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XR75 Lower timing sprocket: Opinions wanted.

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Hello,

I recently purchased a timing chain and upper & lower timing sprockets for my nephews 1974 XR75. The engine is really clean, with a relatively fresh top end and brand new valve job. So I think it is worth at least a little effort.

My questions are regarding the lower timing sprocket. In researching the site I have learned that it needs to be pressed off/on at a shop. On this crank the key-way lines up with one of the valleys on the sprocket. In another thread however someone questioned this and said they had seen them both ways.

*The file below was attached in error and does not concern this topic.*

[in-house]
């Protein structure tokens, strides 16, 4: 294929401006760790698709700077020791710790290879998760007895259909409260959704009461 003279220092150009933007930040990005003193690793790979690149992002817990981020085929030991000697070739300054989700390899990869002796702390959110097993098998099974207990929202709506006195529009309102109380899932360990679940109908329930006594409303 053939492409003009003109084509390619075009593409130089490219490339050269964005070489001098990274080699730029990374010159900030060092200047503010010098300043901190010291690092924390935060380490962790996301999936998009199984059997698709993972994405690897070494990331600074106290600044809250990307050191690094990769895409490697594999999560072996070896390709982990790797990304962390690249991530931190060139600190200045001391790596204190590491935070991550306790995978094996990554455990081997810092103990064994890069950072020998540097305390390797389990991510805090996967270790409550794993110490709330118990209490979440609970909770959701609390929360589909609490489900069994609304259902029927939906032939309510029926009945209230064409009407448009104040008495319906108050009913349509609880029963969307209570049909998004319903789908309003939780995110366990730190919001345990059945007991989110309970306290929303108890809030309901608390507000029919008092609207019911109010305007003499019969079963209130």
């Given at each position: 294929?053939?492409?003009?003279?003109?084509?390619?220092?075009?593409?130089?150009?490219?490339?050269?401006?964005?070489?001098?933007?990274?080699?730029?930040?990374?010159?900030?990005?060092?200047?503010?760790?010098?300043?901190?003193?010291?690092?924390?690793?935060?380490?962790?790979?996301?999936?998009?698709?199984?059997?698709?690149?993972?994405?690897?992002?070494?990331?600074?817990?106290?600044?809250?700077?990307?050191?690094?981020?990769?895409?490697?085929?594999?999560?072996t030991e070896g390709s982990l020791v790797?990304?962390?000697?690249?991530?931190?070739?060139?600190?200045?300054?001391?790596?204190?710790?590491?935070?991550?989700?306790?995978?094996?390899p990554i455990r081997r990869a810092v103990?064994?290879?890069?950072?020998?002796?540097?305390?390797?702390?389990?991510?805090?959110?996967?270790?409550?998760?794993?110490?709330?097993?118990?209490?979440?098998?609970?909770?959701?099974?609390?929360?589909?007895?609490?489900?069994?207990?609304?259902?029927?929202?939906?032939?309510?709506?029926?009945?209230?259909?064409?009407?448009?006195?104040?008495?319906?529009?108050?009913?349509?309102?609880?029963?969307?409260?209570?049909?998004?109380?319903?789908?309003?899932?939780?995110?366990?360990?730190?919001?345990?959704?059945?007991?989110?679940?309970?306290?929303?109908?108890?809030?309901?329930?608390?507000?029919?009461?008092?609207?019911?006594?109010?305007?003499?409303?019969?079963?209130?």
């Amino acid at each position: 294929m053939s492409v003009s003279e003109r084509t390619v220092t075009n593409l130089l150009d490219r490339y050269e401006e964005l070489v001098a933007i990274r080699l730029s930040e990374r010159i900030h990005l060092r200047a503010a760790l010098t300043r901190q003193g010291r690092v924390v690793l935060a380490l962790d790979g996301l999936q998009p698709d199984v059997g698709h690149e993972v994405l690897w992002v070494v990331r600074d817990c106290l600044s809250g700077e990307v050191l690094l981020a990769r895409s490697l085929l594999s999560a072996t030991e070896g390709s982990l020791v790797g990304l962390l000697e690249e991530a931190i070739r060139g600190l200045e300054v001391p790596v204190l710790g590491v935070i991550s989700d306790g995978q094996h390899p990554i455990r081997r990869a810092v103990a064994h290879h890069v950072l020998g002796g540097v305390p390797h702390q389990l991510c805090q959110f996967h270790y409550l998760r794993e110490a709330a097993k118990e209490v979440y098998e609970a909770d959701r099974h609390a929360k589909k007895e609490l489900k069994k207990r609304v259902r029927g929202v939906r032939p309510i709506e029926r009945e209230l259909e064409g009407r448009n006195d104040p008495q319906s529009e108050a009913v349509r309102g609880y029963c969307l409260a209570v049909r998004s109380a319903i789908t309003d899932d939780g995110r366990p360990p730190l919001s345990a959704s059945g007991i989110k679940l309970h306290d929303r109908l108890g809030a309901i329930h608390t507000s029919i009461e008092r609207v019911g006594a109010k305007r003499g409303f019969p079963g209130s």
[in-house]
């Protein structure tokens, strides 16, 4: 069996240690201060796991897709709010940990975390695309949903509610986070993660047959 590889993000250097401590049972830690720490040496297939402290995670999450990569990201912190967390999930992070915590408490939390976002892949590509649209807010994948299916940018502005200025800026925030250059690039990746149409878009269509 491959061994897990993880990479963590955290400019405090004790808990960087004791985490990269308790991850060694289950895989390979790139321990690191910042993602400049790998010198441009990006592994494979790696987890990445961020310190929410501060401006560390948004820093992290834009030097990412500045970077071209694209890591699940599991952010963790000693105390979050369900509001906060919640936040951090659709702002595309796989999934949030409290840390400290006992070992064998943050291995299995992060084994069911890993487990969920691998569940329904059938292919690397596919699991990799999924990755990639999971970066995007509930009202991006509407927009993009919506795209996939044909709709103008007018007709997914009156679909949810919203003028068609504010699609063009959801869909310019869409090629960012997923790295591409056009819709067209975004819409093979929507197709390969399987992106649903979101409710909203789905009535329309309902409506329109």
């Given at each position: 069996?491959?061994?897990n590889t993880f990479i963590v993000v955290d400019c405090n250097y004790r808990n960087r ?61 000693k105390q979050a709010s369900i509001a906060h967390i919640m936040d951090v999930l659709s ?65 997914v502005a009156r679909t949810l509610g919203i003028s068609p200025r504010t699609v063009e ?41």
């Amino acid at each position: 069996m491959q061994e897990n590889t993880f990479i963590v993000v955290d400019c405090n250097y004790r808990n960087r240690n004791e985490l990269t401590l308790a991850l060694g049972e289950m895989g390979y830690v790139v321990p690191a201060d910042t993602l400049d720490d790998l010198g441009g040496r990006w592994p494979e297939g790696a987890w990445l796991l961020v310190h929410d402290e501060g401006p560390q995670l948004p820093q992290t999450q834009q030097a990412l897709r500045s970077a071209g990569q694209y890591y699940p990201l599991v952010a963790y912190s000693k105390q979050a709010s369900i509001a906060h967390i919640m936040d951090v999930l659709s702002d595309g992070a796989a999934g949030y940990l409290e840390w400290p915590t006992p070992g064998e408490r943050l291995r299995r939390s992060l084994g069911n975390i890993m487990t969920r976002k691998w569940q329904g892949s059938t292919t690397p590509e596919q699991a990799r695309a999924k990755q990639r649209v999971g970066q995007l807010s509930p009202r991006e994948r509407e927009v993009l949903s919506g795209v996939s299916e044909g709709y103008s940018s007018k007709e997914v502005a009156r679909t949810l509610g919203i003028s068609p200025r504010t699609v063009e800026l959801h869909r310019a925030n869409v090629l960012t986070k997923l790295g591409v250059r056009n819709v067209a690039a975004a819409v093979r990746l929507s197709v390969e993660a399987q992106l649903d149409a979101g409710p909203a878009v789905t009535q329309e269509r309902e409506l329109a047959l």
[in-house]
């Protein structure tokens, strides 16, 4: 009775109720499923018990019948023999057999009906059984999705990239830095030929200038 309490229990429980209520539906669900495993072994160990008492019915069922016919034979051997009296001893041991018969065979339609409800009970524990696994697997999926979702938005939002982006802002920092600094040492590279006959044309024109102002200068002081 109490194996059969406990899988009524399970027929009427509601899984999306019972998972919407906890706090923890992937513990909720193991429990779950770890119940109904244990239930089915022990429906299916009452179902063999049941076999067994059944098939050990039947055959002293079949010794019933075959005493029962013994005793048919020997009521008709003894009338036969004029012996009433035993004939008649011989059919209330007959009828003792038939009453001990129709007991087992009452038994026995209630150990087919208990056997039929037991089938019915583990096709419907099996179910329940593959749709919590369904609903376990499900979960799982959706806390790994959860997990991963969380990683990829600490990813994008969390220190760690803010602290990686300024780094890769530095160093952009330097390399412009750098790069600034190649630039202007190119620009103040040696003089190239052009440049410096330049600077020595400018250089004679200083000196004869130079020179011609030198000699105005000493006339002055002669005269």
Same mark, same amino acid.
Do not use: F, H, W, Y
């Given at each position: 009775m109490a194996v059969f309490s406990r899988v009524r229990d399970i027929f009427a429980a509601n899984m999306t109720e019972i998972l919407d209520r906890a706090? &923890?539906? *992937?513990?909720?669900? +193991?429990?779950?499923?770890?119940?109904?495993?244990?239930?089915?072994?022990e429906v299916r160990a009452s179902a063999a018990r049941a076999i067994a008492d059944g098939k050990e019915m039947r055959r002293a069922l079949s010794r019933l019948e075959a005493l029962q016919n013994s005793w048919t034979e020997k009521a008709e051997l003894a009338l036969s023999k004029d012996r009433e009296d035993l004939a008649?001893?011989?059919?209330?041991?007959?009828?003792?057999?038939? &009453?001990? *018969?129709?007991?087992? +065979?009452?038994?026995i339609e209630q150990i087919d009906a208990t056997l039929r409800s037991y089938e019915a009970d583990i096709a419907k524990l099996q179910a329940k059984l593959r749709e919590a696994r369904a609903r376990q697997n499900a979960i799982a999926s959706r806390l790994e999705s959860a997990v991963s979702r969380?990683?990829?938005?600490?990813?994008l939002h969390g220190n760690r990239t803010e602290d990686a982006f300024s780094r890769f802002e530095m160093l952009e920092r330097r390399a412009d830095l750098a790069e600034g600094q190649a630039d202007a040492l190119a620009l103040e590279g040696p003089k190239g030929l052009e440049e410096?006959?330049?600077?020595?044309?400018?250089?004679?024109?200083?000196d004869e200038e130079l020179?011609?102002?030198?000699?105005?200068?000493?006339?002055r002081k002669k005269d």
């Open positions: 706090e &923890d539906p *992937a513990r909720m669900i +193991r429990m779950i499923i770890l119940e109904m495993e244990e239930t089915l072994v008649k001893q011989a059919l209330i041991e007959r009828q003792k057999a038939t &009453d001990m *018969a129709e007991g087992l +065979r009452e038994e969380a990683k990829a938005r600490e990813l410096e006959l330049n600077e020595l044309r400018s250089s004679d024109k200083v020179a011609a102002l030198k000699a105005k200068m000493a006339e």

In the past it seemed I could not get my valve timing exactly the way I though it should be. It wanted to go either too far one way or the other, as if it was out by a half tooth. How do I know that the sprocket has not slipped in the past? Which way is it supposed to go? Line up the key-way with a valley or a tooth?

And lastly, assuming it is located properly, how bad does it need to be before it should be replaced? I can see some wear such as you would see on a worn drive sprocket but it is not extreme by any means.

I have the crankshaft removed and the new sprocket on hand but I don't know which way to jump with this deal, have it pressed on unsure of the orientation or reassemble it as it is. Any input you guys can give me will help immensely.

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This one slid off the top page....................anybody going to take a shot at it? Or should I make something up.................?:applause:

Old School Al